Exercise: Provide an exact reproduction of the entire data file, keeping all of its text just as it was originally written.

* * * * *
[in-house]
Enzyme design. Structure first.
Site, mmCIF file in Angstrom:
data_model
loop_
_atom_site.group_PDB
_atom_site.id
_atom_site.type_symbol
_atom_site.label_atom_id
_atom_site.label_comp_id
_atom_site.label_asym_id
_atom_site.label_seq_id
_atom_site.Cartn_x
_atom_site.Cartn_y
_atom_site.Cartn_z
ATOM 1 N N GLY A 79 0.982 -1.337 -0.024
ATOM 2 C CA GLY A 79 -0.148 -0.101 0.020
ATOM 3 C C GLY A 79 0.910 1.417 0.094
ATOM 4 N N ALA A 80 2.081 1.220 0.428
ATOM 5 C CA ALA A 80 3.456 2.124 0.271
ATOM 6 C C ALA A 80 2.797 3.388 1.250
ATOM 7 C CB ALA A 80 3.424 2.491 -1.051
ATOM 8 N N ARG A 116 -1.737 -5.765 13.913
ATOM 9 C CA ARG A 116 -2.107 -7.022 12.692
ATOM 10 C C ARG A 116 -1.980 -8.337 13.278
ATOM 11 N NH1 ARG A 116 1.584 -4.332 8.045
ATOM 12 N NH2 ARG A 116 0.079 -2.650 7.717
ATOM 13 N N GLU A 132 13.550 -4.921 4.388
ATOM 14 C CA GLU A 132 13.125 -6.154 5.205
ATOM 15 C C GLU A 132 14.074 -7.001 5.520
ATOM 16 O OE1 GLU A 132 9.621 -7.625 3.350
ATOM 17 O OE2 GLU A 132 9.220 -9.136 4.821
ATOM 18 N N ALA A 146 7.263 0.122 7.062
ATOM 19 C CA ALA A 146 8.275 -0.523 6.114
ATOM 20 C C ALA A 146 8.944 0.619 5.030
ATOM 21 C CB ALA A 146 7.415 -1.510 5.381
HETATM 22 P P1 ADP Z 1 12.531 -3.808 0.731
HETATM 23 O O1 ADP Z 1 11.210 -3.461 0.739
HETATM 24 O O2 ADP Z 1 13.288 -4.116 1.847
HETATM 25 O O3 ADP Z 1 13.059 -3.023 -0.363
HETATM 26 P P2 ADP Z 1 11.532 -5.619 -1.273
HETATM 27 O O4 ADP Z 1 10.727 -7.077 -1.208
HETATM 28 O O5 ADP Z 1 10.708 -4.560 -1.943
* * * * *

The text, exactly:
[in-house]
Enzyme design. Structure first.
Site, mmCIF file in Angstrom:
data_model
loop_
_atom_site.group_PDB
_atom_site.id
_atom_site.type_symbol
_atom_site.label_atom_id
_atom_site.label_comp_id
_atom_site.label_asym_id
_atom_site.label_seq_id
_atom_site.Cartn_x
_atom_site.Cartn_y
_atom_site.Cartn_z
ATOM 1 N N GLY A 79 0.982 -1.337 -0.024
ATOM 2 C CA GLY A 79 -0.148 -0.101 0.020
ATOM 3 C C GLY A 79 0.910 1.417 0.094
ATOM 4 N N ALA A 80 2.081 1.220 0.428
ATOM 5 C CA ALA A 80 3.456 2.124 0.271
ATOM 6 C C ALA A 80 2.797 3.388 1.250
ATOM 7 C CB ALA A 80 3.424 2.491 -1.051
ATOM 8 N N ARG A 116 -1.737 -5.765 13.913
ATOM 9 C CA ARG A 116 -2.107 -7.022 12.692
ATOM 10 C C ARG A 116 -1.980 -8.337 13.278
ATOM 11 N NH1 ARG A 116 1.584 -4.332 8.045
ATOM 12 N NH2 ARG A 116 0.079 -2.650 7.717
ATOM 13 N N GLU A 132 13.550 -4.921 4.388
ATOM 14 C CA GLU A 132 13.125 -6.154 5.205
ATOM 15 C C GLU A 132 14.074 -7.001 5.520
ATOM 16 O OE1 GLU A 132 9.621 -7.625 3.350
ATOM 17 O OE2 GLU A 132 9.220 -9.136 4.821
ATOM 18 N N ALA A 146 7.263 0.122 7.062
ATOM 19 C CA ALA A 146 8.275 -0.523 6.114
ATOM 20 C C ALA A 146 8.944 0.619 5.030
ATOM 21 C CB ALA A 146 7.415 -1.510 5.381
HETATM 22 P P1 ADP Z 1 12.531 -3.808 0.731
HETATM 23 O O1 ADP Z 1 11.210 -3.461 0.739
HETATM 24 O O2 ADP Z 1 13.288 -4.116 1.847
HETATM 25 O O3 ADP Z 1 13.059 -3.023 -0.363
HETATM 26 P P2 ADP Z 1 11.532 -5.619 -1.273
HETATM 27 O O4 ADP Z 1 10.727 -7.077 -1.208
HETATM 28 O O5 ADP Z 1 10.708 -4.560 -1.943